Hollowsage & the Three Mile Islanders “Nuclear Home” (Independent, 2020)

This was first sent in to AUK towers in March this year, but something happened and everything went mad and there’s little point in explaining what that thing was, as besides it causing misery to thousands, it’s boring. If you need to know what happened, you’re either an alien or waking from a coma, both of which preclude you from reading this. You probably have more pressing things to do, anyway. Continue reading “Hollowsage & the Three Mile Islanders “Nuclear Home” (Independent, 2020)”

Ariel Sharratt & Mathias Kom “Never Work” (BB Island, 2020)

Initially due for release on 3rd April, this terrific album was delayed due to a global pandemic, so was pushed back to International Workers Day which, given this once in a lifetime occurrence, has made the themes herein oddly apposite. The millionaires and the billionaires have been little use in dealing with the effects precipitated by a global pandemic, and those of hitherto less socially respected roles have been the ones keeping many countries going. Capitalism is on its arse. Workers, actual workers that is, are finally being acknowledged, as is the very nature of work itself. Continue reading “Ariel Sharratt & Mathias Kom “Never Work” (BB Island, 2020)”

AmericanA to Z – The Replacements

I’ll admit to not knowing what is and isn’t Americana. If I thought it was cowboy boots and Southern charm, I’d not be here. What I think of as Americana is more than that, and you know, one man’s terrorist is another man’s freedom fighter, so it’s a subjective thing. Continue reading “AmericanA to Z – The Replacements”

Arik Dov “The Man” (Independent, 2020)

I saw a t-shirt once that said “there are too many bikes, said no one ever” and I thought that was funny. Not laugh out loud funny, but funny cos it’s true funny. I’d wear one that said “we need more melancholy solo acoustic records by singer-songwriters, said no one ever” cos, you know, it’s also funny cos it’s true. We do not need more melancholic records by singing and songwriting men. We just need the occasional one. Continue reading “Arik Dov “The Man” (Independent, 2020)”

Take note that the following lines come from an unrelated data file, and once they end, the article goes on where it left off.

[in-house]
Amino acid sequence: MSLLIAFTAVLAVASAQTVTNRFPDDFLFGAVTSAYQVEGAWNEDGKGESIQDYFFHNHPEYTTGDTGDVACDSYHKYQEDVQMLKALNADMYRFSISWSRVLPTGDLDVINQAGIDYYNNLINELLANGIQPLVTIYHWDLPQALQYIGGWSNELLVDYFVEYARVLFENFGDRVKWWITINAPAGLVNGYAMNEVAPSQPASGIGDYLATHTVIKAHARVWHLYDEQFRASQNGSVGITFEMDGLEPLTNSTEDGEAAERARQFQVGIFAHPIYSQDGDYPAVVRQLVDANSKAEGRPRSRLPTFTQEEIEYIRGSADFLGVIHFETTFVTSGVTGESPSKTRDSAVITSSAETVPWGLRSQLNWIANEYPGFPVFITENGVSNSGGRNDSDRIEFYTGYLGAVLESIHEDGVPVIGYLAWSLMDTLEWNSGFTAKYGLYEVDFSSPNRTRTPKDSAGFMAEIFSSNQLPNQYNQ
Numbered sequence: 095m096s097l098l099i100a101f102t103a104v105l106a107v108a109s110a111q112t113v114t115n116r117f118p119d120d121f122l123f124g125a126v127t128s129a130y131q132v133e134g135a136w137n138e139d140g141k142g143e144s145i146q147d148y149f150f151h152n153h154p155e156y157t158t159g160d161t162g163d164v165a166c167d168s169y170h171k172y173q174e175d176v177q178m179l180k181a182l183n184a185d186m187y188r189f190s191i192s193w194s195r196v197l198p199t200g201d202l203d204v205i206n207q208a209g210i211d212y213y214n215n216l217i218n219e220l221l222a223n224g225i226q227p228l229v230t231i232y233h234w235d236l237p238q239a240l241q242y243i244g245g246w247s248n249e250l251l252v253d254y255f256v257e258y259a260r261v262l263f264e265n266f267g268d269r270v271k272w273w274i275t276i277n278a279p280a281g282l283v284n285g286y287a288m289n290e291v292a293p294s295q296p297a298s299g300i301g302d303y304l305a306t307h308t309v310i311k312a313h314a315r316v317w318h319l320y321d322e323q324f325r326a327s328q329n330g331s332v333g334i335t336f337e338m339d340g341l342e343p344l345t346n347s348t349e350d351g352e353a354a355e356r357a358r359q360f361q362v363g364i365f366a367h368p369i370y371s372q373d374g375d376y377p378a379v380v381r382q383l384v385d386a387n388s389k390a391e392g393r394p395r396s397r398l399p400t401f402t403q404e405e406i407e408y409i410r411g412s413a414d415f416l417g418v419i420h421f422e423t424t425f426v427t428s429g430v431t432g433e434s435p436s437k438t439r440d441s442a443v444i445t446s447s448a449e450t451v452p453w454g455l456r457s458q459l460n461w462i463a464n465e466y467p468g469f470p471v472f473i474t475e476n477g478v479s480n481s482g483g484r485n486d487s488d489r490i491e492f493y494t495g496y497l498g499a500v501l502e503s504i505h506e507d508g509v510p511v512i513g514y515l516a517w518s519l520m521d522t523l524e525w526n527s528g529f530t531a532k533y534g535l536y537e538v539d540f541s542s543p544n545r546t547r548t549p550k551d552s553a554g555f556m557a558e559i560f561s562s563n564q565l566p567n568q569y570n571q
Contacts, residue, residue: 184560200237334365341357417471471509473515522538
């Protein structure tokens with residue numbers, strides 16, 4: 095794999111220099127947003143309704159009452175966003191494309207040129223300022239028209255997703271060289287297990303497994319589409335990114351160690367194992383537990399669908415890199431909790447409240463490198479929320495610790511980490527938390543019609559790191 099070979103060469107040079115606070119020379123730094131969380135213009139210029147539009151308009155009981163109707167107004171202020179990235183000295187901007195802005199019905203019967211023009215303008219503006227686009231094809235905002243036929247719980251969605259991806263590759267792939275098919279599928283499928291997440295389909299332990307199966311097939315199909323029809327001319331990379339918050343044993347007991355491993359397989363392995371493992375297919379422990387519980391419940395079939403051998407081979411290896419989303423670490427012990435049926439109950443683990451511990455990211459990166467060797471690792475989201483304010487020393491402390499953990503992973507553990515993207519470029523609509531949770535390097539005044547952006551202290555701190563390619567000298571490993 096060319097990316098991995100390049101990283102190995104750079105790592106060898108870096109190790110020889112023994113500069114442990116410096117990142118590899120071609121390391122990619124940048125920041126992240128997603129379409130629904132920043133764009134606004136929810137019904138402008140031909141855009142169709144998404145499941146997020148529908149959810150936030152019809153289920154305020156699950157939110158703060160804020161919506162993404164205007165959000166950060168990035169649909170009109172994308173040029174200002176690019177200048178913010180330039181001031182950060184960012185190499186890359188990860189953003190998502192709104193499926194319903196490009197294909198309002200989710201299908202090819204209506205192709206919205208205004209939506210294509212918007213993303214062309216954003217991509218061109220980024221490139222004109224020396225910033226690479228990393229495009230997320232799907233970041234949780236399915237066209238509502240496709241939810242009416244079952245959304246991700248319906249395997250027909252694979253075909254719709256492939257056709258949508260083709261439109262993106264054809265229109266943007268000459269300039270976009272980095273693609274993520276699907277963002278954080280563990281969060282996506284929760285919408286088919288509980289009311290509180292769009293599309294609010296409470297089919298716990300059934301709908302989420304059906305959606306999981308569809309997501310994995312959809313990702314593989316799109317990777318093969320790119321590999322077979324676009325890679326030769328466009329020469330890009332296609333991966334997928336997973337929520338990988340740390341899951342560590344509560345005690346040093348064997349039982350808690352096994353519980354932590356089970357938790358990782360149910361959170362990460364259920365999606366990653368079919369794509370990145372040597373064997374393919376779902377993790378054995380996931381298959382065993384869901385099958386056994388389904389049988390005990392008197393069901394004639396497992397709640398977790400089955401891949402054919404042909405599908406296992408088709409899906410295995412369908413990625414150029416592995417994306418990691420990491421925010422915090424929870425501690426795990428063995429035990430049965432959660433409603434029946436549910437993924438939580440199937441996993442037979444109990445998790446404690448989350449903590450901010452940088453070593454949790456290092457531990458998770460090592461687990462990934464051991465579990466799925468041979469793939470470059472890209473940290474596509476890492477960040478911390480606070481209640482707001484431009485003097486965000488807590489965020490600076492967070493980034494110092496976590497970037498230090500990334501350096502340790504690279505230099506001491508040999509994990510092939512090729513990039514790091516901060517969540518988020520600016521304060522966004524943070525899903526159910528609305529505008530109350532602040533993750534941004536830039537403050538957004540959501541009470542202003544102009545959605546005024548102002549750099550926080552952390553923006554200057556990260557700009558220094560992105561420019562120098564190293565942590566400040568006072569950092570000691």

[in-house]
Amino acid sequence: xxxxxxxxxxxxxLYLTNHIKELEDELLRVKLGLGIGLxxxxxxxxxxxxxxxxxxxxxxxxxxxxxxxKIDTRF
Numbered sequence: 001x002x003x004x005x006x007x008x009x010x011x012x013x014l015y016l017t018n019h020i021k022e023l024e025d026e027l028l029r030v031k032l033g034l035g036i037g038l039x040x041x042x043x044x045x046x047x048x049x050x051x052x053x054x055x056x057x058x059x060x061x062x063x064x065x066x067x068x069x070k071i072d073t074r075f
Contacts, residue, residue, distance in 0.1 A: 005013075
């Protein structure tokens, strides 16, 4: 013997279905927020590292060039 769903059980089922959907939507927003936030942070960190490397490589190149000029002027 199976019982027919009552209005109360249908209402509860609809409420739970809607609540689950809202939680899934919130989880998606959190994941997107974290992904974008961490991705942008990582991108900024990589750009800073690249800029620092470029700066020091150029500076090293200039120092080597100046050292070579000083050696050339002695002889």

The Saxophones “Eternity Bay” (Full Time Hobby, 2020)

Sometimes I get passed an album that is so well written, so beautifully put together and so perfectly delivered, that it makes me feel like a couch potatoes whose corpulence has forced him to wear slip-on shoes for a decade or two, angrily telling their TV that the 21-year-old athlete playing for the team he supports isn’t fit to wear the shirt. I mean, c’mon. I don’t even like saxophones. Continue reading “The Saxophones “Eternity Bay” (Full Time Hobby, 2020)”

David Dondero “Filter Bubble Blues” (Fluff & Gravy Records, 2020)

What does it say about me that I hadn’t heard of David Dondero before this LP? Especially given that in 2006, NPR’s All Songs Considered named him one of the best living songwriters alongside similarly underrated names like Bob Dylan, Paul McCartney and Tom Waits. Who knew? Well, lots of people, it seems. So here I am, a Johnny-Come-Lately telling you all what I think of this veteran singer songwriter’s new album – his. I know. The neck.